This past year has also seen an increase in sawfish sightings. If you’ve never seen one, you’ll know immediately what you’ve encountered as the rostrum that protrudes from the front of its head looks like a saw blade. The sawfish’s body is shark-like, but the location of the gill slits under the body make it more closely related to a stingray. There is nothing to do underwater but consider yourself lucky and try to get the attention of your buddy. Topside, report the encounter to FWC either by email or phone.

Every animal has a role to play and when animals become endangered, there are often surprising results. For example, when shark populations decline, the overall health of the reef suffers as well. In southern Florida, goliath groupers and sea turtles are both considered endangered and there are efforts to protect them.

Let’s look at the sea turtles first. There are several global conservation organizations, and one of the premier organizations is in our own backyard in Juno Beach: Loggerhead Marinelife Center. We already mentioned tagging and tracking, but the Loggerhead Marinelife Center also provides rehabilitation for injured and ill sea turtles, research, and considerable community outreach. Additionally, the center recently created a new Conservation Committee to apply its sea turtle expertise to ocean conservation through turtle protection and additionally expand that awareness not only regionally, but world-wide.

In another example, goliath groupers are considered critically endangered, although their numbers are rebounding due to action taken by fishery management councils that prohibit the harvest of goliaths. That improvement resulted in the Florida Wildlife Commissioners reexamining the feasibility of allowing limited harvesting of the very large fish. One of the interesting facts to come out of the study was the value of a goliath. It is easy to calculate the value of a fish by weight and the percentage of edible meat, but they are worth far more when viewed through a different lens. FWC estimated a single Goliath can generate more than $1 millions over its lifetime through ecotourism and the dive industry. And they are a sight to see. While we have a resident population of groupers, those numbers swell during their spawning aggregations that occur in late summer. Click to book.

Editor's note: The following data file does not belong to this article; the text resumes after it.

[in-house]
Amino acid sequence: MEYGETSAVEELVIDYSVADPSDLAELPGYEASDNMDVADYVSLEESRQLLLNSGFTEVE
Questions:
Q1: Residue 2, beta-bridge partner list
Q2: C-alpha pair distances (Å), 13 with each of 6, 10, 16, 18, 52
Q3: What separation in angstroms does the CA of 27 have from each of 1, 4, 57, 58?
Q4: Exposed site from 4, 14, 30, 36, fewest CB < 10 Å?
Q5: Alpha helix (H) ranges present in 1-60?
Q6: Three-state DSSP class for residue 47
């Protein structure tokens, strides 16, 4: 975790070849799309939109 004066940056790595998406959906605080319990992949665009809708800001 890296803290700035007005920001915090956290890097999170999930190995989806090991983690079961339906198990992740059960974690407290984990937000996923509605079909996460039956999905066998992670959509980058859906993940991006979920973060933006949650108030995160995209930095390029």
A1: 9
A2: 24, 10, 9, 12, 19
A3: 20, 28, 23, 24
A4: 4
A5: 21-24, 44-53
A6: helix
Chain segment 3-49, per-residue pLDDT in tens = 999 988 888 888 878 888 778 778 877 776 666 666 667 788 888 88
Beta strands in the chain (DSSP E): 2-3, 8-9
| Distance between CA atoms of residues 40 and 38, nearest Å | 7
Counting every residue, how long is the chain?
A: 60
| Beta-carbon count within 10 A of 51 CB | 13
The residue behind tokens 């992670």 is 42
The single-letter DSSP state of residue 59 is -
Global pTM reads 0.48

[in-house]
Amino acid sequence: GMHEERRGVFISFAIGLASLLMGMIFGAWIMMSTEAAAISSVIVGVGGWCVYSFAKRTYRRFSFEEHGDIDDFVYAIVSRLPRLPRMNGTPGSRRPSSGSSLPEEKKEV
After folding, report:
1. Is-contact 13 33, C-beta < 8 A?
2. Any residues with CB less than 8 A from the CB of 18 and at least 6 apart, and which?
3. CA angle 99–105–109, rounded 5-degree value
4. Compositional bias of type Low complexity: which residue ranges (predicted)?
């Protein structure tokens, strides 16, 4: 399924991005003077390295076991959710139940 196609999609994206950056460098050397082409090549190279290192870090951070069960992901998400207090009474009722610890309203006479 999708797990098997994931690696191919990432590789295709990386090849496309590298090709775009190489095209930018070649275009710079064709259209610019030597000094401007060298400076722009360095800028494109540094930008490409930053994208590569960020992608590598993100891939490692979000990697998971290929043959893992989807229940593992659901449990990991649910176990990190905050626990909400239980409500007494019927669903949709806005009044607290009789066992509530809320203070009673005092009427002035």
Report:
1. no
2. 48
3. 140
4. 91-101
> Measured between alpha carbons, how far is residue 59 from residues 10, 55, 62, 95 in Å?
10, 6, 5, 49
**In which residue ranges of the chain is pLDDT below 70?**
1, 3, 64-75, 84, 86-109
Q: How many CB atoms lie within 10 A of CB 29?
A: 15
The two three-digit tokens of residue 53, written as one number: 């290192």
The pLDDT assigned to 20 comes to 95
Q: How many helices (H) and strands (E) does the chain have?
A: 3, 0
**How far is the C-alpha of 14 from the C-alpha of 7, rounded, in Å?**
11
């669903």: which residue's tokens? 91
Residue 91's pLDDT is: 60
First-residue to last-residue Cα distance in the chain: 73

The single most important thing you can do to help keep the reefs healthy is to improve your buoyancy. Coral grows slowly and is easily damaged. Dragging equipment, banging tanks through swim throughs, and standing or crashing onto reefs causes considerable damage that injures or even kills corals and sponges, and destroys the habitat other marine creatures rely upon for shelter and protection. If you have trouble controlling your buoyancy, more than the reef suffers. Your enjoyment of the sport, ability to take photographs, air consumption and safety are all jeopardized. A buoyancy specialty course will help you obtain the control you need to protect yourself and the environment you want to explore. 

The ocean is a dynamic place and one of the great aspects of diving is that no dive is ever the same—even when we’re visiting the same reef. As divers, we recognize the tremendous value of the ocean to our own well-being as well as the global health of the planet. And the nice thing is, our efforts on the ocean’s behalf really can make a difference. So, what’s your superpower going to be?

Learn More

Project Aware:


FWC Sawfish:


Phone 941-255-7403 or 844-472-9347 (1-844-4SAWFISH)

Loggerhead MarineLive Center:

SEAFAN BleachWatch:

Buoyancy Specialty Courses:

FWC Decision on Goliath Groupe